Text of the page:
Narrative trends


We use narrative substitution to explore the potential resonance of brand stories. A lot of our work is about establishing correlations between narrations, and enriching the brand narrative by referring it to other narrative frames and patterns in the culture.

The entertainment industry is for us a very important source of analysis regarding the narrative frames that underpin today’s psyche and society.

Some narrative patterns emerge in the popular entertainment culture and these trends are a great source of inspiration to work on foundational narratives. We collect and analyse narrative trends as they emerge, and we aggregate these to inspire our brand development projects.

Here are some examples of narrative trends of particular power in today’s popular narrative culture:

Rebellion against the status quo: Hunger games, Oblivion, 12 Years a slave, in a world of complexity, ruled by dynamics which people feel are out of their direct control, rebellion is a theme that resonates deeply and generates powerful resonance.

Quest of identity: Super Man, but also a lot of Super Hero re-narrations of Marvel’s stories, are re-written with a particular focus on identity. At a time where traditional identities have been challenged by societal evolutions, such narratives help people answer some fundamental identity questions (definition of masculinity, definition of parenting, definition of aging…). This is also the force behind narratives where the quest portrayed is about the self: Harold and Maud, or Benjamin Button.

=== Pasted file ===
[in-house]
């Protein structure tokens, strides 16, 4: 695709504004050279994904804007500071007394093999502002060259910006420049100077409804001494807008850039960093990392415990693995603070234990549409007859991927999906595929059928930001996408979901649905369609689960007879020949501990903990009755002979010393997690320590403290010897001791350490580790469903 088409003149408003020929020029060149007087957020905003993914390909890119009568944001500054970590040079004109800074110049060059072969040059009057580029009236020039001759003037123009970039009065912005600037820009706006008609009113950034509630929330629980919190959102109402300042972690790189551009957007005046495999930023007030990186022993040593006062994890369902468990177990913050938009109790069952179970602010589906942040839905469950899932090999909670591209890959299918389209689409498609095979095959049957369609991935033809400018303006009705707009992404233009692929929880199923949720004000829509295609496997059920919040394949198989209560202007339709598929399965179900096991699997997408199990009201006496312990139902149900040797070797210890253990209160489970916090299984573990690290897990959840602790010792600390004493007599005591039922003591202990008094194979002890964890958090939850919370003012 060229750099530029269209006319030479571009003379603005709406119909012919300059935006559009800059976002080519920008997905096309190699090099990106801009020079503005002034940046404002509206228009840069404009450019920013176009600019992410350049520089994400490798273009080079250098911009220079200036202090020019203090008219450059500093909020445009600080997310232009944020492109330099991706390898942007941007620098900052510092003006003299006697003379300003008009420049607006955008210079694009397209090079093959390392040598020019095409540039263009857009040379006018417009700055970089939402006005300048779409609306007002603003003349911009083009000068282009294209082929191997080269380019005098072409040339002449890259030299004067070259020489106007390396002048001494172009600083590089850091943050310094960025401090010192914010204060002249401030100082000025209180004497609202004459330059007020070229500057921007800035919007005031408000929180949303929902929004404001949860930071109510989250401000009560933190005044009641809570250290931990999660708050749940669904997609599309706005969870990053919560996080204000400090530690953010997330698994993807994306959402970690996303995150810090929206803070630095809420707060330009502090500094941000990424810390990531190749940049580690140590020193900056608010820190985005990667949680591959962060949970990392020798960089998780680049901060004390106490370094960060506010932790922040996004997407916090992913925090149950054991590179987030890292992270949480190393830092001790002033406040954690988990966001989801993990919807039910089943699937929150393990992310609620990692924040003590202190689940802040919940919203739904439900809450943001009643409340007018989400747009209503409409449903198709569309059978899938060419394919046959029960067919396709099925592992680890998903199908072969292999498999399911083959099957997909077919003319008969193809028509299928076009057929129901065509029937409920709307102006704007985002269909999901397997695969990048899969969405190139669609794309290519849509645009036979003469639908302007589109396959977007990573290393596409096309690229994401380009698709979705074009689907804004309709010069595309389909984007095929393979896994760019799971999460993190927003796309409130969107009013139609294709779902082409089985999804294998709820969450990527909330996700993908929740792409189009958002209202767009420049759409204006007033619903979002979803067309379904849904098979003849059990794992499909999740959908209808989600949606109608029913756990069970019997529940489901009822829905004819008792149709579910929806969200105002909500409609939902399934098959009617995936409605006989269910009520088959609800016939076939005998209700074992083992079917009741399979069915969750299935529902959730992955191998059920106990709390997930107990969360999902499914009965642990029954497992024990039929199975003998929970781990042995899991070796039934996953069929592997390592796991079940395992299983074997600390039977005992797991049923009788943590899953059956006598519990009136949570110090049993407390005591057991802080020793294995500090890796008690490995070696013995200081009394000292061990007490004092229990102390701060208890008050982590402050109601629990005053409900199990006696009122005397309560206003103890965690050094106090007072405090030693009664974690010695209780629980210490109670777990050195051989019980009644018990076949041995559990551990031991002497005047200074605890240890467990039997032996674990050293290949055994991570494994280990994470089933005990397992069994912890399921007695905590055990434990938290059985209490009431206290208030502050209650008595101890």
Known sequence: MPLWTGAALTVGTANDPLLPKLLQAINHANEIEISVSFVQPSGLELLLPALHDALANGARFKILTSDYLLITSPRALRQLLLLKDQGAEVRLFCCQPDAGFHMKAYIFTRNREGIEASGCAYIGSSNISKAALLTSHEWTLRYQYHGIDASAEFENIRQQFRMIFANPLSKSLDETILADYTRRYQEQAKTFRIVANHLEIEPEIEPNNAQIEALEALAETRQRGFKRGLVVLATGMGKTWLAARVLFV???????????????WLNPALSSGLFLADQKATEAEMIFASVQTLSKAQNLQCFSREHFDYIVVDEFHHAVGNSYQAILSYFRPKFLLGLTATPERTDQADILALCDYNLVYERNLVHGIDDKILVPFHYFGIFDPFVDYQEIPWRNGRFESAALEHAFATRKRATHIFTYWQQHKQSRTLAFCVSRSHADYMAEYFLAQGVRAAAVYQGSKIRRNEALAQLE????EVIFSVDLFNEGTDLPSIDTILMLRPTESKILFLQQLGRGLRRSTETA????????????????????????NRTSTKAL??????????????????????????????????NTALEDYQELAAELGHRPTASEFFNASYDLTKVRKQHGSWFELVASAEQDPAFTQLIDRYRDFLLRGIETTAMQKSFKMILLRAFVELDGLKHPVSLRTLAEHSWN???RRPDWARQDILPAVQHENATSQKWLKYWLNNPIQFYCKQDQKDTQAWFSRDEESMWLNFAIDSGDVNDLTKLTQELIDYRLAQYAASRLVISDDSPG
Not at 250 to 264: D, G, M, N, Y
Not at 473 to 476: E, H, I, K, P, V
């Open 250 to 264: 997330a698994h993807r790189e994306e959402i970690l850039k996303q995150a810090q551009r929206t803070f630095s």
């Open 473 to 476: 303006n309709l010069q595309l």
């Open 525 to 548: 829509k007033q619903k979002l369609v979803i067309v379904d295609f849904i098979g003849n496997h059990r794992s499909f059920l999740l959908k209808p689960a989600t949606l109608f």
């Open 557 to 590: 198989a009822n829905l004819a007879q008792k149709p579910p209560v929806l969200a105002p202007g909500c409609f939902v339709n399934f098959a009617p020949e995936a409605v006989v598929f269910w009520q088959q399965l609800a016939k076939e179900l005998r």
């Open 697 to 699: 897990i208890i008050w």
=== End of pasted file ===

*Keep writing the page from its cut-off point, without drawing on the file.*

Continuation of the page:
Quest of origin: linked to the previous theme, and as such, a variant of quest of identity, a lot of narratives propose origin as the source of a true identity unveiled to the seeker through the quest. Origin seekers can be found in various contemporary narratives, the Harry Potter movies, or Game of Thrones, for example.

Reboot: with Edge of Tomorrow, Interstellar or Groundhog Day, for example, a lot of popular narratives play with the notion of rebooting one’s life, ‘rewind and replay’. Time loops fascinate our society, because the re-invention of the self is a profound aspiration, and also we feel the modern world has made it possible (plastic surgery, psychological treatments, coaching).

Believing in who I am, self-assertion: in a hyper individualist society, one might say a society that encourages narcissism, a wide spread opinion is that success comes from believing in oneself and asserting one’s needs and desires. This game of egos is at the heart of Game of Thrones, it is also self assertion that allows rebels to win over Goliaths in Rebellion narratives.